Tourists airlifted out of Swiss resort over avalanche risk

Swiss authorities have closed ski slopes, hiking trails, cable cars, roads and train service amid a heightened risk of avalanches, stranding some 13,000 tourists in Zermatt. Photo by Dominic Steinmann/EPA

Jan. 9 (UPI) — Helicopters airlifted stranded travelers from the Swiss resort of Zermatt after 13,000 tourists were trapped in the village for two days over avalanche risks.

Rescue workers transported 100 of the neediest trapped people per hour to the nearby village of Täsch, officials said. However, resort spokeswoman Janine Imesch said those who remain don’t face imminent risks.

“Everything is normal, everything is under control,” Imesch told the Guardian. “People are enjoying the snow, going shopping, eating and drinking. The atmosphere is relaxed and comfortable. No one can go skiing or hiking, but it’s quiet, even a little bit romantic.”

However, officials in northern Italy have raised their avalanche warning to alert level five, signaling the strong possibility of snow slides near the resort.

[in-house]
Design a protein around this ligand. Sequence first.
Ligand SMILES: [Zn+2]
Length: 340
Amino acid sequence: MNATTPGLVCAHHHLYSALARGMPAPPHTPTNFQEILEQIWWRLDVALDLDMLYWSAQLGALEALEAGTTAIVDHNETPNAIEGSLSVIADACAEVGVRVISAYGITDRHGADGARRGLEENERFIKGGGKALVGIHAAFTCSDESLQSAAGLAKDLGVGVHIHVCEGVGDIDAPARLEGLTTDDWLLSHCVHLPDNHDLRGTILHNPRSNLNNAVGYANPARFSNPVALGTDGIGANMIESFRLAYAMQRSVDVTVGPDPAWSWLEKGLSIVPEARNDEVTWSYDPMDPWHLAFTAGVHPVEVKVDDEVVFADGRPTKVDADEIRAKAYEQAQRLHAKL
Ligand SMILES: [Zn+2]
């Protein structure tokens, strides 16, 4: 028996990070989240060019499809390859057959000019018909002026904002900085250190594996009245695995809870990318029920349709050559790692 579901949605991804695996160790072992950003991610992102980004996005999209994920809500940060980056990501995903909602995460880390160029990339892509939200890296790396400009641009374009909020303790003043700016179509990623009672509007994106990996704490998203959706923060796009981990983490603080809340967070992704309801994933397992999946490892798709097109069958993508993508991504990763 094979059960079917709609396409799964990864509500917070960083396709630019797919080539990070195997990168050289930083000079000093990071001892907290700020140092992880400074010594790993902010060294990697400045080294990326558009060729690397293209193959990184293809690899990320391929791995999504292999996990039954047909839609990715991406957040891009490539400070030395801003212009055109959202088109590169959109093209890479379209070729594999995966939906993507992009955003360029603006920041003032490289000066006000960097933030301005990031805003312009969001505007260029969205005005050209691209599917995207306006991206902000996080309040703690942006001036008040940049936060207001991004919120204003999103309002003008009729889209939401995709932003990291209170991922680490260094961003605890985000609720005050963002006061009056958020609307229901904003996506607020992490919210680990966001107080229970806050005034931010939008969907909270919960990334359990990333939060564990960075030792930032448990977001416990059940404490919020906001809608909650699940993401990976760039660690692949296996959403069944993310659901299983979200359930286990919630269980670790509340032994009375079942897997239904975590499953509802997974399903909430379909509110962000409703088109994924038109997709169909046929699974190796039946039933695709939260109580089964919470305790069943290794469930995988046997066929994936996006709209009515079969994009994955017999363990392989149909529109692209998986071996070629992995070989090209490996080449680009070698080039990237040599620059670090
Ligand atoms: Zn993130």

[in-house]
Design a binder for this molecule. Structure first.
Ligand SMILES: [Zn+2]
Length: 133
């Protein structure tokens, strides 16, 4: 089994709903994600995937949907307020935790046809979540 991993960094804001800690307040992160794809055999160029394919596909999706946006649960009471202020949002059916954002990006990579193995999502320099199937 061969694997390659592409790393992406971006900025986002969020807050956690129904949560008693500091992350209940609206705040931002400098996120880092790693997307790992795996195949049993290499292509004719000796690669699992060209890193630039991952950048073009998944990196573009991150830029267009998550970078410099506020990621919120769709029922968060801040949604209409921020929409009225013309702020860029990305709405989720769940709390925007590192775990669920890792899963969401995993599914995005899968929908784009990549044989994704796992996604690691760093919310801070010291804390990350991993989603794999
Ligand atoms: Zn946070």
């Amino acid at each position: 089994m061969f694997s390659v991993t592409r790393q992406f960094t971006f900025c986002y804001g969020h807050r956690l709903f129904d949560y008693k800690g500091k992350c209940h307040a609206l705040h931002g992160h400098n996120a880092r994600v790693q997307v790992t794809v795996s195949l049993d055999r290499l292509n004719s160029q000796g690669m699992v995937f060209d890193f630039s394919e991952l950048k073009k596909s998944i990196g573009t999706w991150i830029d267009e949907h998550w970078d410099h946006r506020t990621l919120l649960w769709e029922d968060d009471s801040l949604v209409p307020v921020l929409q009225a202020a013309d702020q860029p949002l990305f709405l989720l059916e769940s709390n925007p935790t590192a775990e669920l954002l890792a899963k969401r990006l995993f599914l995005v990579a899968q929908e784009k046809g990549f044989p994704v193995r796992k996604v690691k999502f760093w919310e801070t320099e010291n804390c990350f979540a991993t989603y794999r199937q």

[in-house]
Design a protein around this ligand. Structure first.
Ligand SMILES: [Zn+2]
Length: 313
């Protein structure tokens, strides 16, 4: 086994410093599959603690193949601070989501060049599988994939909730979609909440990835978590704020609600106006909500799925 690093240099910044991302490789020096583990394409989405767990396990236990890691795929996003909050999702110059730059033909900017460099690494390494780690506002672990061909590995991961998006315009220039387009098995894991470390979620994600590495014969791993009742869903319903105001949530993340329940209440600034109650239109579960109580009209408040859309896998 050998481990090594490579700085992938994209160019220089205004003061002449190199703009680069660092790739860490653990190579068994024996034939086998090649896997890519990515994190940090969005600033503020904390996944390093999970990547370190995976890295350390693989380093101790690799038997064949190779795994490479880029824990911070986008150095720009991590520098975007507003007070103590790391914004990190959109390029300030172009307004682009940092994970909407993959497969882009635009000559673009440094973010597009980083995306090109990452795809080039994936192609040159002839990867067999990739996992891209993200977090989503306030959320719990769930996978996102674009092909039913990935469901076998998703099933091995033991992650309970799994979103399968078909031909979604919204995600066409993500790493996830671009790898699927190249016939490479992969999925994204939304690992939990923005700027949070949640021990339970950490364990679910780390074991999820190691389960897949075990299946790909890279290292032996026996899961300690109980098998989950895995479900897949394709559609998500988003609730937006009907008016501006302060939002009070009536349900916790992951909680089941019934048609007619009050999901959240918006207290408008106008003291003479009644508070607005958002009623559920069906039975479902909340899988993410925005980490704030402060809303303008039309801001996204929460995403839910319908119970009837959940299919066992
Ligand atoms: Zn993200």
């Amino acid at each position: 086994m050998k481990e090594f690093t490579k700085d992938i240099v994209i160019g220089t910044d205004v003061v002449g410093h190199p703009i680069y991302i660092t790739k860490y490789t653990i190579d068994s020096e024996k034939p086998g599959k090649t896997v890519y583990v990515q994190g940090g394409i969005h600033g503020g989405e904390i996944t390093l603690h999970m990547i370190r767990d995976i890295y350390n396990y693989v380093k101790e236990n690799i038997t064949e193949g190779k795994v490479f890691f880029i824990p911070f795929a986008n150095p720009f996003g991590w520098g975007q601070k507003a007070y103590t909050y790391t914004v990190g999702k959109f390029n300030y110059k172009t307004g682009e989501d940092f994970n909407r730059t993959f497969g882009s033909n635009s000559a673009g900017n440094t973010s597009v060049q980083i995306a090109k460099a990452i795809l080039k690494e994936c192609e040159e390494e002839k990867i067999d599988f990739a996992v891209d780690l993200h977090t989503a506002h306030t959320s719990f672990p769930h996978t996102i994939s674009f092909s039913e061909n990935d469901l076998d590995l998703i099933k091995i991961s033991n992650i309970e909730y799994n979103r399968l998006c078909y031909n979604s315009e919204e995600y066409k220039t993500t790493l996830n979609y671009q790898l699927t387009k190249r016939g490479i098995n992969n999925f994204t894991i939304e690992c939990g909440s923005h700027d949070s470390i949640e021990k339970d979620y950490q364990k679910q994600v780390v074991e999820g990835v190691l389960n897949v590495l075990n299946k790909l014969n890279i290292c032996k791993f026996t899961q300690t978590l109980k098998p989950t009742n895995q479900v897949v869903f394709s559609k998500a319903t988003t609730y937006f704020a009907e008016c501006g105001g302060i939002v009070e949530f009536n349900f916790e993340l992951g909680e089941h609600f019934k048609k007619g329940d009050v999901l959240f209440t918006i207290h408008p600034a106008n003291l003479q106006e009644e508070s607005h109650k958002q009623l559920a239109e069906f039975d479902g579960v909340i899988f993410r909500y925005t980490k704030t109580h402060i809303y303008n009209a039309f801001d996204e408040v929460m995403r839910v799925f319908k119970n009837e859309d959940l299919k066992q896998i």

Italian environmental agency Arpa said the risk of an avalanche in the northwestern mountains is “very strong.”

There has been enough snowfall lately to make some of the slopes very unstable, the agency said. Authorities warned of “possible spontaneous avalanches of medium and large dimensions that could impact roads or infrastructure in the valleys below.”

Officials said the danger will continue through Tuesday, but lower humidity levels should help to reduce any subsequent threats.

Heavy snow and rainfall has disrupted traffic across northern Italy recently.

On Monday, roads to the ski resorts of Cervinia and Cogne, both in Valle d’Aosta to the northwest of Piedmont, were closed due to avalanche concerns. No injuries were reported in the avalanche that isolated Cogne.

Two skiers, an 11-year-old German girl and her mother, were killed in an avalanche last week in Val Venosta, in the northern region of Alto Adige.

Also, a British snowboarder is missing in the French Alps after going out alone for a run.

Emergency workers said the weather and the avalanche risk was too high to send out search parties yet and helicopters cannot fly out due to reduced visibility.


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